MBA alternatives getting more popular
Pedestrians pass the bronze Charging Bull sculpture next to Wall Street in the Financial District. Source: AFP/Spencer Platt

Shorter alternatives are giving the traditional MBA a run for its money.

Business students are increasingly choosing the one-year MBA over the two-year MBA, a new analysis from Times Higher Education and Wall Street Journal reveals.

The latter option, offered mostly by US institutions, saw falling applications from abroad whereas most programmes in the Asia-Pacific, Canada, and Europe experienced an increase in applications from overseas.

“The market for these shorter MBAs is much more international: the top five institutions in THE’s analysis are the University of Hong Kong, the Indian School of Business, the Indian Institute of Management Calcutta, the Australia-based S P Jain School of Global Management and Switzerland’s IMD,” said the analysis.

The analysis is based on performance data gathered from 114 business schools from 24 countries, with the notable exception of some prominent schools.

Almost 23,000 responses were garnered from a survey of business school alumni, supported by the schools, across a range of business programmes: two-year MBAs, one-year MBAs, master’s in finance and master’s in management

US business schools dominate the two-year MBA market – 44 out of 54 schools that took part in the analysis, are located in the US. They also count among some of the world’s highest-ranked business schools, occupying the top nine positions in the ranking of two-year programmes.

For all its reputation on quality, shorter alternatives are proving more popular among the time-pressed business school applicants today.

At HEC Paris, its 16-month MBA program is proving to be a “perfect compromise” in comparison to the 24-month US model.

Andrea Masini, associate dean in charge of the MBA programme at HEC Paris explained: “We’ve seen a double-digit increase in the number of applications [for the 16-month courses], which has allowed us to grow the programme and the quality of the programme.”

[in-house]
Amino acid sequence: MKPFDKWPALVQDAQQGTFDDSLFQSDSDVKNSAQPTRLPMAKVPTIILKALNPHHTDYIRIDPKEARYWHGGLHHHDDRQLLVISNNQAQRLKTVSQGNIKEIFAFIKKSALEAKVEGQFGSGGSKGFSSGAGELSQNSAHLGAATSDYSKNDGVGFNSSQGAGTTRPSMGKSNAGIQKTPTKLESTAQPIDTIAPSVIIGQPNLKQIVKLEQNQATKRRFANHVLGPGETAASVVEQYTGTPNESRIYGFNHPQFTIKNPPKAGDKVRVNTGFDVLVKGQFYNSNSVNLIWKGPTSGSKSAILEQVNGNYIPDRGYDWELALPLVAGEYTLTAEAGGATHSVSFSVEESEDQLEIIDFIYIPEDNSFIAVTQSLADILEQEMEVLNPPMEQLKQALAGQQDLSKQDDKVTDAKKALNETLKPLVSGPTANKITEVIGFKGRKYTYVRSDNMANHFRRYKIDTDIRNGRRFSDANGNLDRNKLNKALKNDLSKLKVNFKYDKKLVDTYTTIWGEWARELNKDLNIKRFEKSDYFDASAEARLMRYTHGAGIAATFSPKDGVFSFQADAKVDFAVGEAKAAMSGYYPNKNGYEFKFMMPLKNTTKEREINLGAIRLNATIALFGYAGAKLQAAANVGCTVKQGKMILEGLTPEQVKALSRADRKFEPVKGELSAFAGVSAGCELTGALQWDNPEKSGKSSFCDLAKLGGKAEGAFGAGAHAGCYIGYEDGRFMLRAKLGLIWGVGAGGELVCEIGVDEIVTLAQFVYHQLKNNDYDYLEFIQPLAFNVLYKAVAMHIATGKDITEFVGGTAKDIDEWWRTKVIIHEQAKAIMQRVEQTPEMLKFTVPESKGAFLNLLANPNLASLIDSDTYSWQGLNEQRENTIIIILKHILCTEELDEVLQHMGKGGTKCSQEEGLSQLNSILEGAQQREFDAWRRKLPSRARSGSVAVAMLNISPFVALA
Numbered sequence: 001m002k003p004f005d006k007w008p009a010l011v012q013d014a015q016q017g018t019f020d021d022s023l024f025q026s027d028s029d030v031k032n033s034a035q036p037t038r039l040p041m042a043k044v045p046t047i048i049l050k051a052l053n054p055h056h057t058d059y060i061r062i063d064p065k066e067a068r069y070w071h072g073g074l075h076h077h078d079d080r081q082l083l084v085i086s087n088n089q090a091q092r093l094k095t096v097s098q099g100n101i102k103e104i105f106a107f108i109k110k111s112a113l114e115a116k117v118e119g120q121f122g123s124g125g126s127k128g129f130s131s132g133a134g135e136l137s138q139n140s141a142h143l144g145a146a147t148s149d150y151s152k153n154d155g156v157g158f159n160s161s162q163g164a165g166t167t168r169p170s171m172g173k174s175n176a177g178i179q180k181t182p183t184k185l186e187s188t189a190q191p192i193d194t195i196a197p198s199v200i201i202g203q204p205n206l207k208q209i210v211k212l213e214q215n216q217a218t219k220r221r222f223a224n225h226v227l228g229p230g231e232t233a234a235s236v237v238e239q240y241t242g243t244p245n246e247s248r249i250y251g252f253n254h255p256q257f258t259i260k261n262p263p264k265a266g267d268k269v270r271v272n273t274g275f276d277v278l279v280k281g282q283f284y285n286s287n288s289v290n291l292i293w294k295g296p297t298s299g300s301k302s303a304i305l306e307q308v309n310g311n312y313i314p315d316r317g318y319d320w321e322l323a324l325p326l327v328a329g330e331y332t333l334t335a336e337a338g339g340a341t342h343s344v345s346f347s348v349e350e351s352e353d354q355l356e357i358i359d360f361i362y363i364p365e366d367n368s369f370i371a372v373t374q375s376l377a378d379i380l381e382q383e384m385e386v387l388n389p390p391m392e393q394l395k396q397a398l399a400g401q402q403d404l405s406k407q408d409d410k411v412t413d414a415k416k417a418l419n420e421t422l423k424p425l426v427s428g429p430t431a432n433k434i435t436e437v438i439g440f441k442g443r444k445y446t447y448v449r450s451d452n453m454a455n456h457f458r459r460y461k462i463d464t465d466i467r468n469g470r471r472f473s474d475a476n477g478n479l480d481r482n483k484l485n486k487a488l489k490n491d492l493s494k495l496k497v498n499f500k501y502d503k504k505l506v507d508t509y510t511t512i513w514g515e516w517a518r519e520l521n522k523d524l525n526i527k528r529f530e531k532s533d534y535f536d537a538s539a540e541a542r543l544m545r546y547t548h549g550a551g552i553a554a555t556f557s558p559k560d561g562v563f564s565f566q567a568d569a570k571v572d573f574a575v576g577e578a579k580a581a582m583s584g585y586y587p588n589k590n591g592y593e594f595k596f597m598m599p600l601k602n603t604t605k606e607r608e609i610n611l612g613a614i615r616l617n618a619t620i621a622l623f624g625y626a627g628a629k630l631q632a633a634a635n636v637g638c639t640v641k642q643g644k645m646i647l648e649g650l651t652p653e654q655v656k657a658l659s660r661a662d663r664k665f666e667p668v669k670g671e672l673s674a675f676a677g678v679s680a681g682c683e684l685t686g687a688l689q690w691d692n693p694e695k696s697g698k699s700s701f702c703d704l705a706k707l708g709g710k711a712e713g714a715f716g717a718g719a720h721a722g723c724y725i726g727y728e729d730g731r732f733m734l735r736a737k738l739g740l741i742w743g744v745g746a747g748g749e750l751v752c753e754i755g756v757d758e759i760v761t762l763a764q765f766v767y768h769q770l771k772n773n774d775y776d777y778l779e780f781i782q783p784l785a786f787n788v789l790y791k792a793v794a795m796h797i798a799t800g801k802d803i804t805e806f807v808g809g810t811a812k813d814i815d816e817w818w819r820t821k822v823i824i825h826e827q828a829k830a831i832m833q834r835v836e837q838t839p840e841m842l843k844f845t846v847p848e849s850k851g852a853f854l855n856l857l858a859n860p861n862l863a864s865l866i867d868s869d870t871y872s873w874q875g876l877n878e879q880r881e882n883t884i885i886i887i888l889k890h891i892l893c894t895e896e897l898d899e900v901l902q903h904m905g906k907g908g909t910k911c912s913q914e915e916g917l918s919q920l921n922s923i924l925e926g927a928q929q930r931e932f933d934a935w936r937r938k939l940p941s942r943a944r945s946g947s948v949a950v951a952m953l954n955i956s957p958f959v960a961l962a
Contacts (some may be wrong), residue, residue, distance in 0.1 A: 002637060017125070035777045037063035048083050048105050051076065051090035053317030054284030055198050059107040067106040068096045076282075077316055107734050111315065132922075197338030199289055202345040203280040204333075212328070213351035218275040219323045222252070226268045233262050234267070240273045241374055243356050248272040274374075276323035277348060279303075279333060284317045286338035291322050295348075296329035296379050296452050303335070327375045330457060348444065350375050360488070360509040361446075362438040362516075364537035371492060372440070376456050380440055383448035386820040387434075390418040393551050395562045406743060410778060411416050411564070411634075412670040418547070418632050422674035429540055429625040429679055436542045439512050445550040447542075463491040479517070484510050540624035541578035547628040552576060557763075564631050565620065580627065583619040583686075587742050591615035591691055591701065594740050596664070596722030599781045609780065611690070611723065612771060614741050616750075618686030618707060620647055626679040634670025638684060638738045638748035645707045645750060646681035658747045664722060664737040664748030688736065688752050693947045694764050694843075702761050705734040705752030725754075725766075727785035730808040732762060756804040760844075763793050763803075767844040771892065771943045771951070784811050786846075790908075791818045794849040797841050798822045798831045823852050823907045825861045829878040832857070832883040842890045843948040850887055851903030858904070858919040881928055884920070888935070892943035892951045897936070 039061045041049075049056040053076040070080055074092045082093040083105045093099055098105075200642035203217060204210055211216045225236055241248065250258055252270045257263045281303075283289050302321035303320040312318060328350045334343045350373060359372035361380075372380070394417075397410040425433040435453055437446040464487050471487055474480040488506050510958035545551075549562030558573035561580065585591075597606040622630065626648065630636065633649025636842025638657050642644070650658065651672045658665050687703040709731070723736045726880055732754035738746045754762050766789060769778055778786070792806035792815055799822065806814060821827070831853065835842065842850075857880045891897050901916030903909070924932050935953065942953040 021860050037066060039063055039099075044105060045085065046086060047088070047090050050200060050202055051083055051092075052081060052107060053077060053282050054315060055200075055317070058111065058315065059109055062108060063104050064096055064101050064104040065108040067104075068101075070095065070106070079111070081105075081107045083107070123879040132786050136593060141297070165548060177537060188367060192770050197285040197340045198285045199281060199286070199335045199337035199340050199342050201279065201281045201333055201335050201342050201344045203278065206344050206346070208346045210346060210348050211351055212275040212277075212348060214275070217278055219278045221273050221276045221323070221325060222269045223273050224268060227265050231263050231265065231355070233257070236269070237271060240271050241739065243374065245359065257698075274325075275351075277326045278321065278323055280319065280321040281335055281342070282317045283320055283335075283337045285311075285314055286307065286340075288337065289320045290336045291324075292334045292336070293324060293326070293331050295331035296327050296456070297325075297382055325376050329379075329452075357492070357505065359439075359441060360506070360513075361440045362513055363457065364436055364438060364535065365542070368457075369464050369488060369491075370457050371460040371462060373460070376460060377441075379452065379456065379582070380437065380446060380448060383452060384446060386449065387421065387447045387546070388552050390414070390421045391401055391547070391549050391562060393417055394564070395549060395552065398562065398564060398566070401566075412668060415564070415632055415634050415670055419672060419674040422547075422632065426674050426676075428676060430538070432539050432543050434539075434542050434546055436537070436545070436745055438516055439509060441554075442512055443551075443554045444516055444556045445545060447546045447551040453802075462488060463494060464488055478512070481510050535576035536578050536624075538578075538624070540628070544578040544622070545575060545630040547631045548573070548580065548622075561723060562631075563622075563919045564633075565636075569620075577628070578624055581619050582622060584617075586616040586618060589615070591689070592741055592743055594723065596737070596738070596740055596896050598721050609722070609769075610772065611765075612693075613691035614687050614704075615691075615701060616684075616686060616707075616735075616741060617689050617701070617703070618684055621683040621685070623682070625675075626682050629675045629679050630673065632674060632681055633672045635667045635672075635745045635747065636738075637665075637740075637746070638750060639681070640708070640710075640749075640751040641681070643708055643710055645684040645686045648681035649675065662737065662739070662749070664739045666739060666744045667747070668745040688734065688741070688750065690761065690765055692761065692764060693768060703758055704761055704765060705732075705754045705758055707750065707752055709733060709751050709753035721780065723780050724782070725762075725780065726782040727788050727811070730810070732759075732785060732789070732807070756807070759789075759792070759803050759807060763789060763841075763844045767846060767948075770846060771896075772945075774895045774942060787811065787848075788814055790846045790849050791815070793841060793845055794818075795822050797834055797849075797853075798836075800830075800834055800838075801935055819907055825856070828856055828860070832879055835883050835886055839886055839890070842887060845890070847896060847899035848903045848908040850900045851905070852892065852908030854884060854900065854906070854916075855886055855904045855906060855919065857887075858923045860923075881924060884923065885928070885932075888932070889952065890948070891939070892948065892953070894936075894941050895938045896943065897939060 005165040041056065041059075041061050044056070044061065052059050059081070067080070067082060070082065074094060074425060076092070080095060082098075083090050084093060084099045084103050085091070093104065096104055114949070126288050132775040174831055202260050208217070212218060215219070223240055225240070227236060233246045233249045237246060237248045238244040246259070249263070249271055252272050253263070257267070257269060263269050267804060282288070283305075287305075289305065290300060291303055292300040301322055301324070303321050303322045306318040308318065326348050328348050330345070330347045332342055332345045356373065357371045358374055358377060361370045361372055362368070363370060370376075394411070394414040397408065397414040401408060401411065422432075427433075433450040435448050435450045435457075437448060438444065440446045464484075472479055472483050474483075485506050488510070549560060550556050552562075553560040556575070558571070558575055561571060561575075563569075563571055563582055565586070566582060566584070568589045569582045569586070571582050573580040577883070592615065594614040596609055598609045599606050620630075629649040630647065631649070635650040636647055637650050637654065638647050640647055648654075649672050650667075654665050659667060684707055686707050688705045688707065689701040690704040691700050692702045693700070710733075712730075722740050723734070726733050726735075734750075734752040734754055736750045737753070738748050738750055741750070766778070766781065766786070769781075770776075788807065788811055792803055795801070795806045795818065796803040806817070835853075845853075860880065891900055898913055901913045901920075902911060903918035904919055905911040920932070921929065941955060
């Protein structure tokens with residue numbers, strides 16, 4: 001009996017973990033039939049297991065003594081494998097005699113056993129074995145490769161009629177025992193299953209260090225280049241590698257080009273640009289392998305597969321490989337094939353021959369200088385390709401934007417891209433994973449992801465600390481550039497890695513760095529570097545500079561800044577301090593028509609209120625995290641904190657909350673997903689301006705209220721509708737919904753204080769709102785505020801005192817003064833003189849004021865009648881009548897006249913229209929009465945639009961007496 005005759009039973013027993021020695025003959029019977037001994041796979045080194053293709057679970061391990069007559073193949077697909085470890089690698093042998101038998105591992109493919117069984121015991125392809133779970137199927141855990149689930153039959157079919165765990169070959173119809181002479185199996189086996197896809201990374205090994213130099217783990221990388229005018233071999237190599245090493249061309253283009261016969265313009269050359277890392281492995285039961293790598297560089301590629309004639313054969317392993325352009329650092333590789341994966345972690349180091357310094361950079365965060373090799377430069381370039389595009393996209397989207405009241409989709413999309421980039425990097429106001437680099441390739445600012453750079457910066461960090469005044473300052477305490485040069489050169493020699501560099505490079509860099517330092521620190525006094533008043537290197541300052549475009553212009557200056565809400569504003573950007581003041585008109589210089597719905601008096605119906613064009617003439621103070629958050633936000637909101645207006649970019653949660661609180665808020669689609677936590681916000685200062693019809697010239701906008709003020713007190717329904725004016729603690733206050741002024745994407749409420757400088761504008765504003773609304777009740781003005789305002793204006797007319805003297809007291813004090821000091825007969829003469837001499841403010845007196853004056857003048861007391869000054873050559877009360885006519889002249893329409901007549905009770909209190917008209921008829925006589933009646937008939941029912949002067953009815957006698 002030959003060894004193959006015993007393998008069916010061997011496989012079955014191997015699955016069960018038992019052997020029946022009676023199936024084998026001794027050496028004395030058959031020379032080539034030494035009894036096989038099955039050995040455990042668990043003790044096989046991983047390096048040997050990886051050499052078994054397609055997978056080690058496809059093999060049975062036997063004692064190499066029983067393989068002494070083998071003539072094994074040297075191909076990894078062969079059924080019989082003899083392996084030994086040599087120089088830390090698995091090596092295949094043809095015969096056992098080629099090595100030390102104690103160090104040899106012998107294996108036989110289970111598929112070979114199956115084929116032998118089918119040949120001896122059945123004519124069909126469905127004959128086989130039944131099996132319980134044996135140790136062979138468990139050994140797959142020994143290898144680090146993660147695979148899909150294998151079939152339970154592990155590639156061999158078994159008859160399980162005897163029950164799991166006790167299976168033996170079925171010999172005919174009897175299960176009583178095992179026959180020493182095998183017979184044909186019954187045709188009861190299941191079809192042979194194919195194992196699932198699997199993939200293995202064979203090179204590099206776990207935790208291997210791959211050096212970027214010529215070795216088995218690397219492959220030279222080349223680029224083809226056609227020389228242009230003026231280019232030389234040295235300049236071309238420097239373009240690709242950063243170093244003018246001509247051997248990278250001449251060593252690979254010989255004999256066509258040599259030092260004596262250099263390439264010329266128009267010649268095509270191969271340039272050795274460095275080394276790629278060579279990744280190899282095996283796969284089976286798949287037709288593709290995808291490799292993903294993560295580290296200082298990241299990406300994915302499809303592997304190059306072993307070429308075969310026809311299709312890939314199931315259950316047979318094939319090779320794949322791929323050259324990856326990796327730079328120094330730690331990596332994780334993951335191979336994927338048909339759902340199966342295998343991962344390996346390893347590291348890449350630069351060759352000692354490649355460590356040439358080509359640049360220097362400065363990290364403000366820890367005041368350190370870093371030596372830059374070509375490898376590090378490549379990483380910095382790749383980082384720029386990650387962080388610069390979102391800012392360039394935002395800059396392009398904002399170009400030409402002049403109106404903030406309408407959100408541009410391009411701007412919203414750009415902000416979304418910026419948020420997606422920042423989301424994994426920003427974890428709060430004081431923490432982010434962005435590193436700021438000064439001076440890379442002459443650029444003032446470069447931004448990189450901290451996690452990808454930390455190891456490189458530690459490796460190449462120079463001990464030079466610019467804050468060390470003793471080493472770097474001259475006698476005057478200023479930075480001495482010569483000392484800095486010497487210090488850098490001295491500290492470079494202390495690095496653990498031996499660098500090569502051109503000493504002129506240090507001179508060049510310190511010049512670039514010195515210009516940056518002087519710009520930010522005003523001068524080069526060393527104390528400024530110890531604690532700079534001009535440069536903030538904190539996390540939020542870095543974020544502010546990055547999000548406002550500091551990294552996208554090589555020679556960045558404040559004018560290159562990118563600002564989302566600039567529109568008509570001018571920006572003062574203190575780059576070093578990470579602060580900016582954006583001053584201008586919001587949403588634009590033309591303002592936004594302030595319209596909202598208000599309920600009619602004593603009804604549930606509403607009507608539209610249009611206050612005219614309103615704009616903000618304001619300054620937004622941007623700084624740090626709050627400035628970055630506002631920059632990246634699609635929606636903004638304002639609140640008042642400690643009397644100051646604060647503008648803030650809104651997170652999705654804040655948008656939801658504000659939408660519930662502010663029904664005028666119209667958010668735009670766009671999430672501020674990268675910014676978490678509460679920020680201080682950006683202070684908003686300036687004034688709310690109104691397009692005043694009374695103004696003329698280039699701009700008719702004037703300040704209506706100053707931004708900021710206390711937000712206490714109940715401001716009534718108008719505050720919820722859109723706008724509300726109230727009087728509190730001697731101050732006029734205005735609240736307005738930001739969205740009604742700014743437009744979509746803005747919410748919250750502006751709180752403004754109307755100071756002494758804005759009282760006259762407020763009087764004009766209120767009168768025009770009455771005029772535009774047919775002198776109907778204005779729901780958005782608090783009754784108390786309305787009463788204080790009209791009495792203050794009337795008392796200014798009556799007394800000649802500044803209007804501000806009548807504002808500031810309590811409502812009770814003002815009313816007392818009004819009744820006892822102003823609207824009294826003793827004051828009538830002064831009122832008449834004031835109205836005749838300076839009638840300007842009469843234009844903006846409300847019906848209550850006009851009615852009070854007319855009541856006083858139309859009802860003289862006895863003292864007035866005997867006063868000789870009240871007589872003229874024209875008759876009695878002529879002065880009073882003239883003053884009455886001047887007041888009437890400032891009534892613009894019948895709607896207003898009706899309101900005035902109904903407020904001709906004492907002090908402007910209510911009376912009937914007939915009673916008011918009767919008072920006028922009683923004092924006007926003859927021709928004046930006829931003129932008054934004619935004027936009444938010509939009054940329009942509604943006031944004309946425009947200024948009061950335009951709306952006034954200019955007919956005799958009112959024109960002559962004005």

Part of the appeal of these shorter programs lies in its distinctiveness from the US model as well as its relatively lower fees.

A two-year MBA can cost around US$200,000, which explains the rankings finding two-year programmes scoring particularly badly when it comes to the socio-economic diversity of its students (whether their parents went to university).

While two-year programmes scored higher in most metrics, like strong alumni networks, one-year MBAs typically had more gender diversity among students and staff, as well as better performance in higher internationalisation.

Another attractive selling point for the shorter program is its ability to not only let students enter the job market sooner, but also to feed employer’s demands for more MBA graduates, according to John Fong, CEO and head of campus at the S. P. Jain School’s Singapore campus.

The MBA’s newer cousins, the more recently developed master’s in management (MIM) and master’s in finance (MIF) which are typically one-year at the full-time level, are also seeing an increase in applications in Europe.

Imperial College Business School in the UK is seeing growth in applications in recent years, despite the university having offered the MiM and MiF for decades.

Leila Guerra, associate dean of programmes at Imperial College Business School said: “The business school market was once dominated by the MBA, but MIFs and MIMs are now here to stay. Schools that were traditionally MBA-focused are now moving into specialised master’s.”

“It shows that [MIFs and MIMs] are global brands, and it means the qualifications will be more widely recognised, which is good for us,” she adds.

“MIMs and MIFs provide you with a career boost at 22, but if you need to refresh your skills [when you are older] you can come back for an MBA.”

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